It was created as a response to the "C of Red" created by fans of the Calgary Flames, whom the home-town Jets were facing in the first round of the 1987 Stanley Cup Playoffs.

The Jets eliminated the Flames in six games, and fans wore white for every home playoff game thereafter. Fans dubbed it the "White Out." The marketing for the team during the playoff referred to the "charge of the white brigade."

Fans of the AHL franchise Manitoba Moose also continued this tradition when the team briefly relocated to St. John's, Newfoundland, Canada as the St. John's IceCaps as did fans of the "IceCap's White Out" and "Coyotes White Out," respectively.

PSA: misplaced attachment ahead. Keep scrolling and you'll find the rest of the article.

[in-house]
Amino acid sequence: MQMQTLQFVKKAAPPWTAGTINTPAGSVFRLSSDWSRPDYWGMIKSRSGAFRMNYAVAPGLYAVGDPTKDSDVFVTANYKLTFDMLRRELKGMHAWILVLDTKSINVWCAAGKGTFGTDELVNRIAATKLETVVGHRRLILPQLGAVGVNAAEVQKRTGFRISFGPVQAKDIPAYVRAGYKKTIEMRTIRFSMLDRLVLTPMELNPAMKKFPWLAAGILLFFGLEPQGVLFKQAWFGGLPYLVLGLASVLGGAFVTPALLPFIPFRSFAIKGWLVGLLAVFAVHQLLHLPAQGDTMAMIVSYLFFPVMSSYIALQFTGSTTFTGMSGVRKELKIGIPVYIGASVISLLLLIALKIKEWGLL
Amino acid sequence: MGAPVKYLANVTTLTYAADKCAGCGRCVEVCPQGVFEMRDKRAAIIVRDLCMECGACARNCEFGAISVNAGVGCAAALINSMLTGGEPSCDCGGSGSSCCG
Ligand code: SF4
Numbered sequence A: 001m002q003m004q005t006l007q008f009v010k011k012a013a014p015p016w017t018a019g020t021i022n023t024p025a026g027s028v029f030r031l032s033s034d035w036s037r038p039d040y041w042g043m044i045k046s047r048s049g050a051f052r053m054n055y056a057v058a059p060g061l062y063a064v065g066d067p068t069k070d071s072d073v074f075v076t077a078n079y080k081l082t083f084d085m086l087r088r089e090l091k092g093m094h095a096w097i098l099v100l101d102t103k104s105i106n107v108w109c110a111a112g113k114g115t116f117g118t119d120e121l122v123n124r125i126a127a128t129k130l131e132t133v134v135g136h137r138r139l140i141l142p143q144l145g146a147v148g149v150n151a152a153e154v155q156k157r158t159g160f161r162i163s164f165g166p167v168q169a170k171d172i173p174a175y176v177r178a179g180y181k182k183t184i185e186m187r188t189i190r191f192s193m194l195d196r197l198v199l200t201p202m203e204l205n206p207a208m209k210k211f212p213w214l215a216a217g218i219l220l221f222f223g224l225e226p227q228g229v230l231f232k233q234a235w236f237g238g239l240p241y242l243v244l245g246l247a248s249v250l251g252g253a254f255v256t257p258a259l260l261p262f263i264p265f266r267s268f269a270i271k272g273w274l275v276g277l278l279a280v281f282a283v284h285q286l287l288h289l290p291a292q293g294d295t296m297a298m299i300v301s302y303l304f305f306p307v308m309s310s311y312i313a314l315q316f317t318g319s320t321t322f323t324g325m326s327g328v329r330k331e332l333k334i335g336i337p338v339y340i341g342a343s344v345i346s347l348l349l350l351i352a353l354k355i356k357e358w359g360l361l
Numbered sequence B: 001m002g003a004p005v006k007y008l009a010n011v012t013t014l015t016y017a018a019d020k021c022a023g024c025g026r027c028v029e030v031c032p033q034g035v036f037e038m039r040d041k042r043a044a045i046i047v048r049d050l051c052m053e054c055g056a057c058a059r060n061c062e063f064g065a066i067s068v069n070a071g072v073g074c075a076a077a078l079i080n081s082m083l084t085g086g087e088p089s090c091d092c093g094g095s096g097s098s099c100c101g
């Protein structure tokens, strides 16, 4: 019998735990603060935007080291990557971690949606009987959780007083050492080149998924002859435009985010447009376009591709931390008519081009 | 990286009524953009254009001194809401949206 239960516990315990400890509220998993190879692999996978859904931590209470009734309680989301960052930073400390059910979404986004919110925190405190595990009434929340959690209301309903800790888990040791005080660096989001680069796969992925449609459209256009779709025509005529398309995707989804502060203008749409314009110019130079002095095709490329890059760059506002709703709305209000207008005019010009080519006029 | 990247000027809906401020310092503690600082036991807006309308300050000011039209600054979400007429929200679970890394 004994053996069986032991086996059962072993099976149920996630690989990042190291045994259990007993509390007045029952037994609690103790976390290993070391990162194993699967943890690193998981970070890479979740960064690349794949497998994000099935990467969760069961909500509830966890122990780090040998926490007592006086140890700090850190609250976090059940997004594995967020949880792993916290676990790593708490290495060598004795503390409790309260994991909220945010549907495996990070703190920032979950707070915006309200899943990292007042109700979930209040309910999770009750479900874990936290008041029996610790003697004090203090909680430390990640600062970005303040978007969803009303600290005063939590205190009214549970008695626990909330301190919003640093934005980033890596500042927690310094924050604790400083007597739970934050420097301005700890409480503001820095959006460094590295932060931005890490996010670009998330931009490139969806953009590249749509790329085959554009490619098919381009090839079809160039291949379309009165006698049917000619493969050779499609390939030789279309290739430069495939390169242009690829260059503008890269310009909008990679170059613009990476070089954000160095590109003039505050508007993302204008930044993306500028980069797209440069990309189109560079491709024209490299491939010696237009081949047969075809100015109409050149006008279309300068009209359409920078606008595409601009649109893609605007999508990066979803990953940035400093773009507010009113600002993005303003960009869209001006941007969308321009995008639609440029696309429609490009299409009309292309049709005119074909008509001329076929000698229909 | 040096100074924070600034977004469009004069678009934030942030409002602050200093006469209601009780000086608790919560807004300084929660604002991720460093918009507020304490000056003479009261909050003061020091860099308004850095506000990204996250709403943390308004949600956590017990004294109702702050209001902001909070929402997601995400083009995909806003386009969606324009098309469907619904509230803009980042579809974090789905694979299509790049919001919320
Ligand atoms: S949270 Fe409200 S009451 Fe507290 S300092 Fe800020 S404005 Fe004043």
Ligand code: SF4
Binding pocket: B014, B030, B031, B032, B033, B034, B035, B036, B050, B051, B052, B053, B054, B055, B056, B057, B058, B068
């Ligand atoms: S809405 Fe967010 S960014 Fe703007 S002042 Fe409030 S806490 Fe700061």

When the Thrashers moved to Winnipeg as the second incarnation of the Jets, they brought back the White Out tradition for the 2015 playoffs.

Season-by-Season Record[]

Note: GP = Games played, W = Wins, L = Losses, T = Ties, Pts = Points, GF = Goals scored for, GA = Goals scored against, PIM = Penalty minutes

WHA era[]

Season GP W L T Pts GF GA PIM Finish Playoff record
1972–73 78 43 31 4 90 285 249 757 first, Western Won Quarter-final (Fighting Saints) 4-1
Won Semi-final (Aeros) 4-0
Lost Final (Whalers) 4-1
1973–74 78 34 39 5 73 264 296 673 fourth, Western Lost Quarter-final (Aeros) 4-0
1974–75 78 38 35 5 81 322 293 869 third, Canadian Did not qualify
1975–76 81 52 27 2 106 345 254 940 first, Canadian Won Quarter-final (Oilers) 4-0
Won Semi-final (Cowboys) 4-1
Won Final (Aeros) 4-0
1976–77 80 46 32 2 94 366 291 991 second, Western Won Quarter-final (Mariners) 4-3
Won Semi-final (Aeros) 4-2
Lost Final (Nordiques) 4-3
1977–78 80 50 28 2 102 381 270 988 first, WHA Won Quarter-final (Bulls) 4-1
Earned Semi-final bye